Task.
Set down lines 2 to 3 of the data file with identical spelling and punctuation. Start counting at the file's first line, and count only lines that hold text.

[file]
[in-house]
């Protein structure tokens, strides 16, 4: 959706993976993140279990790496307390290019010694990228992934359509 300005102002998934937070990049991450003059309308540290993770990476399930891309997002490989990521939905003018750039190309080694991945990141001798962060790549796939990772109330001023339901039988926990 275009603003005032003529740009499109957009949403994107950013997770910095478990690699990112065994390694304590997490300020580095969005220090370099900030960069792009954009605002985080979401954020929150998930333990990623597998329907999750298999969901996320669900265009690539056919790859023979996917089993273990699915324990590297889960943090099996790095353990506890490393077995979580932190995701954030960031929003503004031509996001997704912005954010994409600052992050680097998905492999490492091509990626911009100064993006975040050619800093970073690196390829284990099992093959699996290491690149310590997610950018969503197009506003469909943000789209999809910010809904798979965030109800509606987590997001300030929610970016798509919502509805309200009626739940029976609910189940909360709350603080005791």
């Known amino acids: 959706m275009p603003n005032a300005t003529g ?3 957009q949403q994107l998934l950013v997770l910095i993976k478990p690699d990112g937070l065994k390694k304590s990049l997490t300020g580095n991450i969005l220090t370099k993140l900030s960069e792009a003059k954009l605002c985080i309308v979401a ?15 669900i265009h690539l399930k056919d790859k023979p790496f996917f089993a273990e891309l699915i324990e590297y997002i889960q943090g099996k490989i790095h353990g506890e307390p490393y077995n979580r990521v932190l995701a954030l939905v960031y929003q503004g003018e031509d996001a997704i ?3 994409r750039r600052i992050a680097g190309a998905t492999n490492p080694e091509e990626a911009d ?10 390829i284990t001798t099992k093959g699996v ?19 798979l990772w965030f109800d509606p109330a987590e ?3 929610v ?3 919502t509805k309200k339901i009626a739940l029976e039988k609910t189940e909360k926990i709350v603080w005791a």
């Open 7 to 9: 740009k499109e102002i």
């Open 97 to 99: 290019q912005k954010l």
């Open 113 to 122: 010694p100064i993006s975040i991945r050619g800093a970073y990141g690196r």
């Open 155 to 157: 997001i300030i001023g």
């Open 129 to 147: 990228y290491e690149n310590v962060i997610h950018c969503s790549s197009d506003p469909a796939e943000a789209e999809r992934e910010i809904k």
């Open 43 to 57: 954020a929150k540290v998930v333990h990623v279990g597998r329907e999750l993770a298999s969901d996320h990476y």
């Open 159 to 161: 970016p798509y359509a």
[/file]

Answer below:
């Protein structure tokens, strides 16, 4: 959706993976993140279990790496307390290019010694990228992934359509 300005102002998934937070990049991450003059309308540290993770990476399930891309997002490989990521939905003018750039190309080694991945990141001798962060790549796939990772109330001023339901039988926990 275009603003005032003529740009499109957009949403994107950013997770910095478990690699990112065994390694304590997490300020580095969005220090370099900030960069792009954009605002985080979401954020929150998930333990990623597998329907999750298999969901996320669900265009690539056919790859023979996917089993273990699915324990590297889960943090099996790095353990506890490393077995979580932190995701954030960031929003503004031509996001997704912005954010994409600052992050680097998905492999490492091509990626911009100064993006975040050619800093970073690196390829284990099992093959699996290491690149310590997610950018969503197009506003469909943000789209999809910010809904798979965030109800509606987590997001300030929610970016798509919502509805309200009626739940029976609910189940909360709350603080005791």
């Known amino acids: 959706m275009p603003n005032a300005t003529g ?3 957009q949403q994107l998934l950013v997770l910095i993976k478990p690699d990112g937070l065994k390694k304590s990049l997490t300020g580095n991450i969005l220090t370099k993140l900030s960069e792009a003059k954009l605002c985080i309308v979401a ?15 669900i265009h690539l399930k056919d790859k023979p790496f996917f089993a273990e891309l699915i324990e590297y997002i889960q943090g099996k490989i790095h353990g506890e307390p490393y077995n979580r990521v932190l995701a954030l939905v960031y929003q503004g003018e031509d996001a997704i ?3 994409r750039r600052i992050a680097g190309a998905t492999n490492p080694e091509e990626a911009d ?10 390829i284990t001798t099992k093959g699996v ?19 798979l990772w965030f109800d509606p109330a987590e ?3 929610v ?3 919502t509805k309200k339901i009626a739940l029976e039988k609910t189940e909360k926990i709350v603080w005791a």